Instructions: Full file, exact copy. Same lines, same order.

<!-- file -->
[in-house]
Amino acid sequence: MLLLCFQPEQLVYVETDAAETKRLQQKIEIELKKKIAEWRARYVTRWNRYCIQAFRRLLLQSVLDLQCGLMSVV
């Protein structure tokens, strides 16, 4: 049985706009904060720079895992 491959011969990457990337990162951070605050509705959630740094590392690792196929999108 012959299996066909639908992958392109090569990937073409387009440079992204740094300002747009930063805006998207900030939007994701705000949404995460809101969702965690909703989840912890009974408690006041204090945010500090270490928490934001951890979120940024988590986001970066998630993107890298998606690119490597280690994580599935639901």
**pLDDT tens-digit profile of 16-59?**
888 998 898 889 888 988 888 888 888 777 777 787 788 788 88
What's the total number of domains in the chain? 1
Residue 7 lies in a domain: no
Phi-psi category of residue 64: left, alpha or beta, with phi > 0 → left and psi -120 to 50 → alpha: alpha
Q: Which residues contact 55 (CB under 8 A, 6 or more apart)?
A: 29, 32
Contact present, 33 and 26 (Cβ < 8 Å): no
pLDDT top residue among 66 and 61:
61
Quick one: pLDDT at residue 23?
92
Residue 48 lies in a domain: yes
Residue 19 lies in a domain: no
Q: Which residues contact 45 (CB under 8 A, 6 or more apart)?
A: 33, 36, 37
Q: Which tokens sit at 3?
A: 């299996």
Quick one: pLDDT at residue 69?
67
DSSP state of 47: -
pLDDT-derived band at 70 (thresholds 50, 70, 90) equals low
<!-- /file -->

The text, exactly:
[in-house]
Amino acid sequence: MLLLCFQPEQLVYVETDAAETKRLQQKIEIELKKKIAEWRARYVTRWNRYCIQAFRRLLLQSVLDLQCGLMSVV
């Protein structure tokens, strides 16, 4: 049985706009904060720079895992 491959011969990457990337990162951070605050509705959630740094590392690792196929999108 012959299996066909639908992958392109090569990937073409387009440079992204740094300002747009930063805006998207900030939007994701705000949404995460809101969702965690909703989840912890009974408690006041204090945010500090270490928490934001951890979120940024988590986001970066998630993107890298998606690119490597280690994580599935639901």
**pLDDT tens-digit profile of 16-59?**
888 998 898 889 888 988 888 888 888 777 777 787 788 788 88
What's the total number of domains in the chain? 1
Residue 7 lies in a domain: no
Phi-psi category of residue 64: left, alpha or beta, with phi > 0 → left and psi -120 to 50 → alpha: alpha
Q: Which residues contact 55 (CB under 8 A, 6 or more apart)?
A: 29, 32
Contact present, 33 and 26 (Cβ < 8 Å): no
pLDDT top residue among 66 and 61:
61
Quick one: pLDDT at residue 23?
92
Residue 48 lies in a domain: yes
Residue 19 lies in a domain: no
Q: Which residues contact 45 (CB under 8 A, 6 or more apart)?
A: 33, 36, 37
Q: Which tokens sit at 3?
A: 């299996």
Quick one: pLDDT at residue 69?
67
DSSP state of 47: -
pLDDT-derived band at 70 (thresholds 50, 70, 90) equals low